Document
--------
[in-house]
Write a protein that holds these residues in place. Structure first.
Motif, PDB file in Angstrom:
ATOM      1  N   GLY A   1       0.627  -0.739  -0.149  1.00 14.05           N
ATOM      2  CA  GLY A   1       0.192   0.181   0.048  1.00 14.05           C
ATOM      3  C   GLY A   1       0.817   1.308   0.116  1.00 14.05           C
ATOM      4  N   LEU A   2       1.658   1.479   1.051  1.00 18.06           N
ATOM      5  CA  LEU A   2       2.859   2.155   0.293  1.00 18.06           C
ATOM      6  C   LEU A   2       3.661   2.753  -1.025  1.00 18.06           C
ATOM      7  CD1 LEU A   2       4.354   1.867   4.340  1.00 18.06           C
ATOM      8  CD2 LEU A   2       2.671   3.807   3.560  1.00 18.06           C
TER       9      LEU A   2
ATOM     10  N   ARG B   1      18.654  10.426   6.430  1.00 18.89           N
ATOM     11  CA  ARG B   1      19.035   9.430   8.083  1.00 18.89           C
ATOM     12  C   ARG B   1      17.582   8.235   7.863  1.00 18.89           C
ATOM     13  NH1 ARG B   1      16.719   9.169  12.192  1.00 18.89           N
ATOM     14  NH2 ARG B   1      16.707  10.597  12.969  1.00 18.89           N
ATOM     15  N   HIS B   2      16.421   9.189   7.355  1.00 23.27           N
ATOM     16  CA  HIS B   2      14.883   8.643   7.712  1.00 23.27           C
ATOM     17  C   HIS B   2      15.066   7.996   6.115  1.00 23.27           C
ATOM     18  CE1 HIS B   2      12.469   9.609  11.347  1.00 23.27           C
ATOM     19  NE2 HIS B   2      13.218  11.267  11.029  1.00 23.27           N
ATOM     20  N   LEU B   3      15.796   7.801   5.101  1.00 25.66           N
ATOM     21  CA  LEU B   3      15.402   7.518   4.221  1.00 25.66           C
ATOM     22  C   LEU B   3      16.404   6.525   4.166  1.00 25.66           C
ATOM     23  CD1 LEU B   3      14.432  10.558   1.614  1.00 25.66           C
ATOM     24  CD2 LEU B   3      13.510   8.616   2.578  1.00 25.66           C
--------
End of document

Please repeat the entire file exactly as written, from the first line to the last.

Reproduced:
[in-house]
Write a protein that holds these residues in place. Structure first.
Motif, PDB file in Angstrom:
ATOM      1  N   GLY A   1       0.627  -0.739  -0.149  1.00 14.05           N
ATOM      2  CA  GLY A   1       0.192   0.181   0.048  1.00 14.05           C
ATOM      3  C   GLY A   1       0.817   1.308   0.116  1.00 14.05           C
ATOM      4  N   LEU A   2       1.658   1.479   1.051  1.00 18.06           N
ATOM      5  CA  LEU A   2       2.859   2.155   0.293  1.00 18.06           C
ATOM      6  C   LEU A   2       3.661   2.753  -1.025  1.00 18.06           C
ATOM      7  CD1 LEU A   2       4.354   1.867   4.340  1.00 18.06           C
ATOM      8  CD2 LEU A   2       2.671   3.807   3.560  1.00 18.06           C
TER       9      LEU A   2
ATOM     10  N   ARG B   1      18.654  10.426   6.430  1.00 18.89           N
ATOM     11  CA  ARG B   1      19.035   9.430   8.083  1.00 18.89           C
ATOM     12  C   ARG B   1      17.582   8.235   7.863  1.00 18.89           C
ATOM     13  NH1 ARG B   1      16.719   9.169  12.192  1.00 18.89           N
ATOM     14  NH2 ARG B   1      16.707  10.597  12.969  1.00 18.89           N
ATOM     15  N   HIS B   2      16.421   9.189   7.355  1.00 23.27           N
ATOM     16  CA  HIS B   2      14.883   8.643   7.712  1.00 23.27           C
ATOM     17  C   HIS B   2      15.066   7.996   6.115  1.00 23.27           C
ATOM     18  CE1 HIS B   2      12.469   9.609  11.347  1.00 23.27           C
ATOM     19  NE2 HIS B   2      13.218  11.267  11.029  1.00 23.27           N
ATOM     20  N   LEU B   3      15.796   7.801   5.101  1.00 25.66           N
ATOM     21  CA  LEU B   3      15.402   7.518   4.221  1.00 25.66           C
ATOM     22  C   LEU B   3      16.404   6.525   4.166  1.00 25.66           C
ATOM     23  CD1 LEU B   3      14.432  10.558   1.614  1.00 25.66           C
ATOM     24  CD2 LEU B   3      13.510   8.616   2.578  1.00 25.66           C